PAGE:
Health care dominated the two Democratic presidential debates last week. Among the most dramatic moments was when moderator Lester Holt asked the candidates to raise their hands if they supported outlawing private insurance and forcing everyone onto a new government-run, “Medicare-for-all” plan.
During each debate, only two candidates — Sen. Elizabeth Warren and Mayor Bill de Blasio on night one, and Sens. Bernie Sanders and Kamala Harris on night two — said they would. Hours later, Harris claimed she didn’t understand the question and walked back her support.
Pennsylvania state leaders on Tuesday touted their plan to transition from the federal insurance exchange, healthcare.gov, to their own online marketplace as a move that will save money and improve access to affordable health insurance.
Gov. Tom Wolf on Tuesday signed legislation establishing a state-based exchange where Pennsylvania residents who buy individual health plans can shop for coverage.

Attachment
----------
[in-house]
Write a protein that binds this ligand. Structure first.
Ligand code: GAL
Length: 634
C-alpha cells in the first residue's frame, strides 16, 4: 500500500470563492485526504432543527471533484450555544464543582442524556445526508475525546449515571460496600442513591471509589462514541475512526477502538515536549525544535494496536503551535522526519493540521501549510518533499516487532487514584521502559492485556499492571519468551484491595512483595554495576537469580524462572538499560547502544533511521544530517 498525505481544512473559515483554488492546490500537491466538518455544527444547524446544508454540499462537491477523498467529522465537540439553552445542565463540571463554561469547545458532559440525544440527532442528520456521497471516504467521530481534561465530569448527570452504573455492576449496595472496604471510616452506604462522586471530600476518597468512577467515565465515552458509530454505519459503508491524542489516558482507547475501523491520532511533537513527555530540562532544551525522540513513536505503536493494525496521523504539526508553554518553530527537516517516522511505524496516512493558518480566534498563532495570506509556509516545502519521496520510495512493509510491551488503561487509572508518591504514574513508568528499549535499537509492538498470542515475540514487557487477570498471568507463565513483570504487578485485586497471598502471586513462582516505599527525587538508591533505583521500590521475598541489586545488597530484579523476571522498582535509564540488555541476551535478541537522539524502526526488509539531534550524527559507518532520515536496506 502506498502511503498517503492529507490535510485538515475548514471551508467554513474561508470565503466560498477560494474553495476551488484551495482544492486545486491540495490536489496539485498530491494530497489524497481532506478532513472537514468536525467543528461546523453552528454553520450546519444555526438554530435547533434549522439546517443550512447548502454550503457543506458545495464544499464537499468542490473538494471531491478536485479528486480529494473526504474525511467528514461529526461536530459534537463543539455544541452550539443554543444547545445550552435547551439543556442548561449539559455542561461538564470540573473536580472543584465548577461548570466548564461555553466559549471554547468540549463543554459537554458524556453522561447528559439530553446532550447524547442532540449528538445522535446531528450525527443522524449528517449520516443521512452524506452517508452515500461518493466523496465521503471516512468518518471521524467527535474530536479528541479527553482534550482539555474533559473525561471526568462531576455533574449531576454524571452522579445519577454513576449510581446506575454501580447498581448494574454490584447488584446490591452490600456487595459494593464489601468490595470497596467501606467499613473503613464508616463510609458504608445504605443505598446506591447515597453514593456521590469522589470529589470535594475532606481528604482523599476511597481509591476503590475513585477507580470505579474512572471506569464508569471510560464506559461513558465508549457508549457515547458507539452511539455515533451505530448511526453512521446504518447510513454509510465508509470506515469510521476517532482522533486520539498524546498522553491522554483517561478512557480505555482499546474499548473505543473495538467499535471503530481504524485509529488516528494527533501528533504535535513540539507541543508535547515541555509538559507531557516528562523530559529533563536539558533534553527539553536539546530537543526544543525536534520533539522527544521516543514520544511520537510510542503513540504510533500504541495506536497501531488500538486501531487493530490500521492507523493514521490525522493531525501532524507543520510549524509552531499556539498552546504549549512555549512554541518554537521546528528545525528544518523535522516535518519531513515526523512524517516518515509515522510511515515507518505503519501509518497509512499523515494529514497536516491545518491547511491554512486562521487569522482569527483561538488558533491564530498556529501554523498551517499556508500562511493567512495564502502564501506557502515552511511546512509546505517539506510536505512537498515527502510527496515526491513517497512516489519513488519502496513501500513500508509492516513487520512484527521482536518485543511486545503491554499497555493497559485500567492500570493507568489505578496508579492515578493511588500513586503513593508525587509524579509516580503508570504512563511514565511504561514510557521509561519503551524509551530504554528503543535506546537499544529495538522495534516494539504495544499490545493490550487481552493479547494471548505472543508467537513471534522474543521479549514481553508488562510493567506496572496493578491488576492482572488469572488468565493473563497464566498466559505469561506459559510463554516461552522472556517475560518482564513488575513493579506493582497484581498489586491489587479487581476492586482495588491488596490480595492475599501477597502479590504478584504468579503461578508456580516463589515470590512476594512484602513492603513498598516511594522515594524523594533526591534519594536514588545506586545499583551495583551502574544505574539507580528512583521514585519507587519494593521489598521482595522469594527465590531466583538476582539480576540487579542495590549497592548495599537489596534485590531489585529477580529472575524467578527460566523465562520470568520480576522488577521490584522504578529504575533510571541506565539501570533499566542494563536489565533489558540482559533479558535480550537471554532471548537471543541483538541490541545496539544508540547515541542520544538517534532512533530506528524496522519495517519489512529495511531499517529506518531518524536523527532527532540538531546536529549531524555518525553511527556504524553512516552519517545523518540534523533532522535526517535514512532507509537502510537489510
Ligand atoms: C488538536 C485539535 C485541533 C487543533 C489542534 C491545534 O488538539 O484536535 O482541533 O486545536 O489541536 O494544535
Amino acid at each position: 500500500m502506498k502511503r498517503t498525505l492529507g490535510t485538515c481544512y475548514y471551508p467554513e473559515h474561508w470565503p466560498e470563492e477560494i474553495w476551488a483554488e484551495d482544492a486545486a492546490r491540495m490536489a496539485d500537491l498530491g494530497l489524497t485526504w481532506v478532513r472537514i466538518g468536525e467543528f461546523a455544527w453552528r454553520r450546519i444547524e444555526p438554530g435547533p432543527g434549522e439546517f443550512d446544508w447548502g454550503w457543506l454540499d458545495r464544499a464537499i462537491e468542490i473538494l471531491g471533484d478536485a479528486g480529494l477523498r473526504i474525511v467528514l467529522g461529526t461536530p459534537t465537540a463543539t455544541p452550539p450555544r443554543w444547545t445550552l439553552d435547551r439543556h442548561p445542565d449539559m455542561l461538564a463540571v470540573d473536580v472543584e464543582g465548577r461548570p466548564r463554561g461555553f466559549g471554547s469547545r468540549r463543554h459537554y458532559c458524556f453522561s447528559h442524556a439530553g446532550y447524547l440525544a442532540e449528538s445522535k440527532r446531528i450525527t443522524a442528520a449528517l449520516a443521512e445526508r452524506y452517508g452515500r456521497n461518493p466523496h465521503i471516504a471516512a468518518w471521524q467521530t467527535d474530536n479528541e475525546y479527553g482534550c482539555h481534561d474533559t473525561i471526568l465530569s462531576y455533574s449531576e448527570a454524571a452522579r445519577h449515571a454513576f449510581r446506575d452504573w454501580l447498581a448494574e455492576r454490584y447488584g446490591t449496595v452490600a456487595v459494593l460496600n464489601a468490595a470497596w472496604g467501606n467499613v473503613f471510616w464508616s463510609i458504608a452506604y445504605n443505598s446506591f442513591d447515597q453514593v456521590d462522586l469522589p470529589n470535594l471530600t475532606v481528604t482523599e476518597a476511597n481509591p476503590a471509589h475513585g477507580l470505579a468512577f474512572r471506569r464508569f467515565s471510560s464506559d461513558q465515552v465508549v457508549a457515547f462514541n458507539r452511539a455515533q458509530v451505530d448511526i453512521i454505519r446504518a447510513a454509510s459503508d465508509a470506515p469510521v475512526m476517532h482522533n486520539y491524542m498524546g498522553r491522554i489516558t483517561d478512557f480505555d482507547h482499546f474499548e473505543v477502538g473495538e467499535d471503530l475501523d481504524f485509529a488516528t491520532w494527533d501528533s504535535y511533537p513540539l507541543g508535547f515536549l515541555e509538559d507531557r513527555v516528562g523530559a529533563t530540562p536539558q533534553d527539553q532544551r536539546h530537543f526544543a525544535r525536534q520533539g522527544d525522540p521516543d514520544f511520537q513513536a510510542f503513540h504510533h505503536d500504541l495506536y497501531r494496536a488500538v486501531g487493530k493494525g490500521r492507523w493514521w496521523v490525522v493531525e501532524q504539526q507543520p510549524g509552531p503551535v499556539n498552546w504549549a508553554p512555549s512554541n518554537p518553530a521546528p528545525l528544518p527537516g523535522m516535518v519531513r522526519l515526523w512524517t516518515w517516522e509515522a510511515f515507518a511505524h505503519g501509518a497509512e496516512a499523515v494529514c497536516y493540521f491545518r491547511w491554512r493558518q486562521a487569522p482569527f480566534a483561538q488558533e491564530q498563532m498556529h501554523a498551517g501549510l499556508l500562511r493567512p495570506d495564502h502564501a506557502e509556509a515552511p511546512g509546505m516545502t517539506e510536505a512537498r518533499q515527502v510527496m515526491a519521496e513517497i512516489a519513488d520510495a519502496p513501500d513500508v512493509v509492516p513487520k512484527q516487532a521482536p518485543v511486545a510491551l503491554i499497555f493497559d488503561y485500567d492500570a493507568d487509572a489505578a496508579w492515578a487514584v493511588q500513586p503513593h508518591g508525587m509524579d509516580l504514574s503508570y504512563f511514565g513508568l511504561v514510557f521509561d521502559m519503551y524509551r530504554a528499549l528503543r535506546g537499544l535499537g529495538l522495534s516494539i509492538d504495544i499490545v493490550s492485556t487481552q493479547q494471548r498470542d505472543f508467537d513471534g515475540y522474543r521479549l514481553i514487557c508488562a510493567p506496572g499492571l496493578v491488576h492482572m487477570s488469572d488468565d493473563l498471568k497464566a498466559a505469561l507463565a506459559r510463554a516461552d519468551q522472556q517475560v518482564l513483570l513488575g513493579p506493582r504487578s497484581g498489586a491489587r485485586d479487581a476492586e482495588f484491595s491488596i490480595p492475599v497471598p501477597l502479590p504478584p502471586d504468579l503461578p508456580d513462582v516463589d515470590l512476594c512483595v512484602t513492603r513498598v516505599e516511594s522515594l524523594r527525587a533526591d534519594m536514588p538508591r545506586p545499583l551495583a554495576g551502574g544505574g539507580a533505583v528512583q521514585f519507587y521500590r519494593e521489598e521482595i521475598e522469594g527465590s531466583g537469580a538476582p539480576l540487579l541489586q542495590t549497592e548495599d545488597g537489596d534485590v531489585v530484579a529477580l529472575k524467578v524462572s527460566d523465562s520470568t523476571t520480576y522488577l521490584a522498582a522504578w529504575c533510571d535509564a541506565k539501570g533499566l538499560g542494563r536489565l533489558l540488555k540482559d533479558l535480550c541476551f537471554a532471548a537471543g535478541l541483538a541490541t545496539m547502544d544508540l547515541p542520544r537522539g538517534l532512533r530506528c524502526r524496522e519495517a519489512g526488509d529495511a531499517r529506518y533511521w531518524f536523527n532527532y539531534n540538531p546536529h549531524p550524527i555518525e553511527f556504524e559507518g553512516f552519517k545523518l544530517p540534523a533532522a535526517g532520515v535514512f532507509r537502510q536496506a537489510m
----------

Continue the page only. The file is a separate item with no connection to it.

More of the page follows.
President Trump said Friday he was preparing an executive order that would lower drug prices so that the federal government would pay no more than the costs paid by other countries.
He said the action would focus on a “favored-nations clause,” which is generally a contract under which a seller gives buyers the same best terms it offers to others.
Rising out-of-pocket costs for drugs are a major concern of Americans, and for good reason. Recently, some members of Congress and officials at the Department of Health and Human Services have championed a particular strategy to address this problem: pegging U.S. drug prices to what other countries pay for the same medicines.
By the left’s account you’d think the Trump Administration’s only ambition on health care is to rip insurance from the poor and sick. So note that a Health and Human Services rule finalized last month represents a dramatic expansion in health-care choices for those who may have limited insurance options.
The Trump Administration finished regulations expanding health reimbursement arrangements, often known as HRAs. The arrangements will allow an employer to give a worker tax-exempt dollars to buy a health-insurance plan in the individual market. Such arrangements have existed in some form since the early 2000s, but the Obama Administration used the Affordable Care Act to limit them.